4.
Front Public Health ; 9: 778243, 2021.
Article in English | MEDLINE | ID: covidwho-1581109

ABSTRACT

Background: The emergence of new COVID-19 variants of concern coupled with a global inequity in vaccine access and distribution has prompted many public health authorities to circumvent the vaccine shortages by altering vaccination protocols and prioritizing persons at high risk. Individuals with previous COVID-19 infection may not have been prioritized due to existing humoral immunity. Objective: We aimed to study the association between previous COVID-19 infection and antibody levels after COVID-19 vaccination. Methods: A serological analysis to measure SARS-CoV-2 immunoglobulin (Ig)G, IgA, and neutralizing antibodies was performed on individuals who received one or two doses of either BNT162b2 or ChAdOx1 vaccines in Kuwait. A Student t-test was performed and followed by generalized linear regression models adjusted for individual characteristics and comorbidities were fitted to compare the average levels of IgG and neutralizing antibodies between vaccinated individuals with and without previous COVID-19 infection. Results: A total of 1,025 individuals were recruited. The mean levels of IgG, IgA, and neutralizing antibodies were higher in vaccinated subjects with previous COVID-19 infections than in those without previous infection. Regression analysis showed a steeper slope of decline for IgG and neutralizing antibodies in vaccinated individuals without previous COVID-19 infection compared to those with previous COVID-19 infection. Conclusion: Previous COVID-19 infection appeared to elicit robust and sustained levels of SARS-CoV-2 antibodies in vaccinated individuals. Given the inconsistent supply of COVID-19 vaccines in many countries due to inequities in global distribution, our results suggest that even greater efforts should be made to vaccinate more people, especially individuals without previous COVID-19 infection.


Subject(s)
COVID-19 Vaccines , COVID-19 , Humans , SARS-CoV-2 , Vaccination
5.
Vaccines (Basel) ; 9(12)2021 Dec 13.
Article in English | MEDLINE | ID: covidwho-1572689

ABSTRACT

Introduction: The immunogenicity of SARS-CoV-2 vaccines in patients with inflammatory bowel disease (IBD) on biologic therapies is not well studied. The goal of this study was to measure the serological response to BNT162b2 and ChAdOx1 nCoV-19 vaccines in patients with IBD receiving different biologic therapies. Methods: We performed a multi-center prospective study between 1 August 2021 and 15 September 2021. We measured the seropositivity of SARS-CoV-2 antibodies (SARS-CoV-2 IgG) and neutralizing antibody concentrations in patients with IBD receiving biologic therapies 4-10 weeks after their second dose or 3-6 weeks after their first dose of BNT162b2 or ChAdOx1 nCoV-19 vaccines. Results: A total of 126 patients were enrolled (mean age, 31 years; 60% male; 71% Crohn's disease, 29% ulcerative colitis). Of these, 92 patients were vaccinated with the BNT162b2 vaccine (73%) and 34 patients with the ChAdOx1 nCoV-19 vaccine (27%). In patients being treated with infliximab and adalimumab, the proportion of patients who achieved positive anti-SARS-CoV-2 IgG antibody levels after receiving two doses of the vaccine were 44 out of 59 patients (74.5%) and 13 out of 16 patients (81.2%), respectively. In contrast, of those receiving ustekinumab and vedolizumab, the proportion of patients who achieved positive anti-SARS-CoV-2 IgG antibody levels after receiving two doses of the vaccine were 100% and 92.8%, respectively. In patients receiving infliximab and adalimumab, the proportion of patients who had positive anti-SARS-CoV-2 neutralizing antibody levels after two-dose vaccination was 40 out of 59 patients (67.7%) and 14 out 16 patients (87.5%), respectively. On the other hand, the proportion of patients who had positive anti-SARS-CoV-2 neutralizing antibody levels were 12 out of 13 patients (92.3%) and 13 out of 14 patients (92.8%) in patients receiving ustekinumab and vedolizumab, respectively. Conclusions: The majority of patients with IBD who were on infliximab, adalimumab, and vedolizumab seroconverted after two doses of SARS-CoV-2 vaccination. All patients on ustekinumab seroconverted after two doses of SARS-CoV-2 vaccine. The BNT162b2 and ChAdOx1 nCoV-19 SARS-CoV-2 vaccines are both likely to be effective after two doses in patients with IBD on biologics. Larger follow-up studies are needed to evaluate if decay of antibodies occurs over time.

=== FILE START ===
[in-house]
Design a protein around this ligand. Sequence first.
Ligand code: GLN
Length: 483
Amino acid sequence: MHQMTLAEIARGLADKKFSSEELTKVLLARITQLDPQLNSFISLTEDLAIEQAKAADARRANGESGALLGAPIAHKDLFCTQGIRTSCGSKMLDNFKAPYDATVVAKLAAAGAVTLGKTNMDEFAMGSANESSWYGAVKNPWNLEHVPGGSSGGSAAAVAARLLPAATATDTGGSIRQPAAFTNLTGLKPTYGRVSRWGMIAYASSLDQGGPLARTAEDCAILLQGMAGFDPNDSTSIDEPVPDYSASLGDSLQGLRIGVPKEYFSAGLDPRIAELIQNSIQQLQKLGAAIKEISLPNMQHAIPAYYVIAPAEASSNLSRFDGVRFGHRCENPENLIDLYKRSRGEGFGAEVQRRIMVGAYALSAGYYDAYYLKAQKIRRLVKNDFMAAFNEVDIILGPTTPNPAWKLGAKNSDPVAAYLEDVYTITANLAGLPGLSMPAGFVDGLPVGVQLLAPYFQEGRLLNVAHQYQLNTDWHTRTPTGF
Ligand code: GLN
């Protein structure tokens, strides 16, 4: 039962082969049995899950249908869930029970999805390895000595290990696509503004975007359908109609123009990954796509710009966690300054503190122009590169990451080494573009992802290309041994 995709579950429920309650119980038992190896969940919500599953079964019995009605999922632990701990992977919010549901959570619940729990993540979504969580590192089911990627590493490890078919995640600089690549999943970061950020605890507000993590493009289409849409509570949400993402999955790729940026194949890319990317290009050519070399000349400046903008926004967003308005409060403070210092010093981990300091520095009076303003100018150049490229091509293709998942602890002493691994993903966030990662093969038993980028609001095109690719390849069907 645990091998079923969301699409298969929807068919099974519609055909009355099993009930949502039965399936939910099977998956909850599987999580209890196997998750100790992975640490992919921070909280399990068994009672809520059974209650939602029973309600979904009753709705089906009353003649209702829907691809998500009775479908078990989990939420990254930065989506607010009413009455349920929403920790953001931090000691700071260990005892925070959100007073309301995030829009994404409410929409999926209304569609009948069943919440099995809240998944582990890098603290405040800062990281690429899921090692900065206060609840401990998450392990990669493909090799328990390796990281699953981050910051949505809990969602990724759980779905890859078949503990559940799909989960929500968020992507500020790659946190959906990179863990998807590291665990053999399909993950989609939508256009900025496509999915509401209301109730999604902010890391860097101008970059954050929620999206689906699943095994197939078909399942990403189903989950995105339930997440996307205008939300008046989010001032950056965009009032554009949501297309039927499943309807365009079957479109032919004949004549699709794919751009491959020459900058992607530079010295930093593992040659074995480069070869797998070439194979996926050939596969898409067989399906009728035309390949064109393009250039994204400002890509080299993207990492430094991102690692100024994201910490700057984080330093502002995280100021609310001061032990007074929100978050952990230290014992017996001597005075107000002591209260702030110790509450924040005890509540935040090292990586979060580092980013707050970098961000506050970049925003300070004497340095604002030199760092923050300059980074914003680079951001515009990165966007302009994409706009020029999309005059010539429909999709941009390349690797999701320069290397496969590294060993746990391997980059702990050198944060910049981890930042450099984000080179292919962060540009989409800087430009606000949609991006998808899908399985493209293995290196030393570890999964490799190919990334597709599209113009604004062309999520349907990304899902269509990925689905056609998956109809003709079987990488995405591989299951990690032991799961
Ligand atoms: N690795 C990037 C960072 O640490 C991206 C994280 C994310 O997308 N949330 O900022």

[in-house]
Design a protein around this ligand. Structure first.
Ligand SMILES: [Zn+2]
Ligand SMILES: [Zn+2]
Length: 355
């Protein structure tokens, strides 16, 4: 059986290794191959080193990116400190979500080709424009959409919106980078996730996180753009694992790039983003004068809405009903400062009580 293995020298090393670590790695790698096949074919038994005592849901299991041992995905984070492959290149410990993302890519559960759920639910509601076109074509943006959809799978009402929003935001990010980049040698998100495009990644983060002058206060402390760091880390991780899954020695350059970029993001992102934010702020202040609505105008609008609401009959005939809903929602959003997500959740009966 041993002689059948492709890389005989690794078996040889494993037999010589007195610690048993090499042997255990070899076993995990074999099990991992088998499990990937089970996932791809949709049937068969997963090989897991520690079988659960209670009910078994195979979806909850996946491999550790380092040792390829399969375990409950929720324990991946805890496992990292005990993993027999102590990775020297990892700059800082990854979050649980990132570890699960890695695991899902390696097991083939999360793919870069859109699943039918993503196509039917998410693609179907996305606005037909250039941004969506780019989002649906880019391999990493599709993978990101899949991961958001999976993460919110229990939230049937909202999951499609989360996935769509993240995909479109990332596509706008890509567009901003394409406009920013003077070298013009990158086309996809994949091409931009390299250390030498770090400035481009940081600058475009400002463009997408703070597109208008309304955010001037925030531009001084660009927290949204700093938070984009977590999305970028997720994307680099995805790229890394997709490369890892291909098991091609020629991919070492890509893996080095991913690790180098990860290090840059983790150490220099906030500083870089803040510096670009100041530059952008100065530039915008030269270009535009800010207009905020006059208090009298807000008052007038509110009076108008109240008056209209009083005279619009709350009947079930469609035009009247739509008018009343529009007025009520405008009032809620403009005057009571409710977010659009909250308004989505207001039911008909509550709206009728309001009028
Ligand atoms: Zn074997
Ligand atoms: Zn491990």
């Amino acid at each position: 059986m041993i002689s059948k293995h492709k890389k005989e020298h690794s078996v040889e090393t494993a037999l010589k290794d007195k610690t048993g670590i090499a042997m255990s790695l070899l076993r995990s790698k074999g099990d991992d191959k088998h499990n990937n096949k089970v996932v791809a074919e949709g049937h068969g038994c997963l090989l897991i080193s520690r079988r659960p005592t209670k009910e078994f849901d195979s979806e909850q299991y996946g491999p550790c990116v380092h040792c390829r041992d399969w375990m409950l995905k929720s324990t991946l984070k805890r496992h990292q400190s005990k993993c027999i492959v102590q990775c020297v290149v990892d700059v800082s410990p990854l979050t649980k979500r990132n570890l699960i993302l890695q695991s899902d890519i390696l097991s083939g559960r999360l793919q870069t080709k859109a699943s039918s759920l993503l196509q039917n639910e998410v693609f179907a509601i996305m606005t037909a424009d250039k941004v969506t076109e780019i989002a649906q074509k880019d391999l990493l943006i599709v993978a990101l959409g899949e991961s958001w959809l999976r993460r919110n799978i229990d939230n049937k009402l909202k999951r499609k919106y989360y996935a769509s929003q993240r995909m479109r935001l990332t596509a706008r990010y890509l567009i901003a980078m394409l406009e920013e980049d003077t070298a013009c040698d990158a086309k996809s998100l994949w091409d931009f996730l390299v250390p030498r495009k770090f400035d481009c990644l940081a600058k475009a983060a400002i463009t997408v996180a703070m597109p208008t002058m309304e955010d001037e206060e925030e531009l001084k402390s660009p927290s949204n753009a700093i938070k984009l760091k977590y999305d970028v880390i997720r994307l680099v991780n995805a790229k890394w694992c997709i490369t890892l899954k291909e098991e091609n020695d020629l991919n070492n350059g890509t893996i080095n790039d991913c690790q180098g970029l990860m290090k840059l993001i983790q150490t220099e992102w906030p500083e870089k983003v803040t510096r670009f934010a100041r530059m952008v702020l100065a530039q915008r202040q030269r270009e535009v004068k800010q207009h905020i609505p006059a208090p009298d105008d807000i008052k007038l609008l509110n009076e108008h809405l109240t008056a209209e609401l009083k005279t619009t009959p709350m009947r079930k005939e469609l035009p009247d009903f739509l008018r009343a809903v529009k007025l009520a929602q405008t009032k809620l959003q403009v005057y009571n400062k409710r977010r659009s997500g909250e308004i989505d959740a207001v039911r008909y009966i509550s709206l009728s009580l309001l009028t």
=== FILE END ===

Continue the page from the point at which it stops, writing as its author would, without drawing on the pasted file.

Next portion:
6.
Frontiers in immunology ; 12, 2021.
Article in English | EuropePMC | ID: covidwho-1563796

ABSTRACT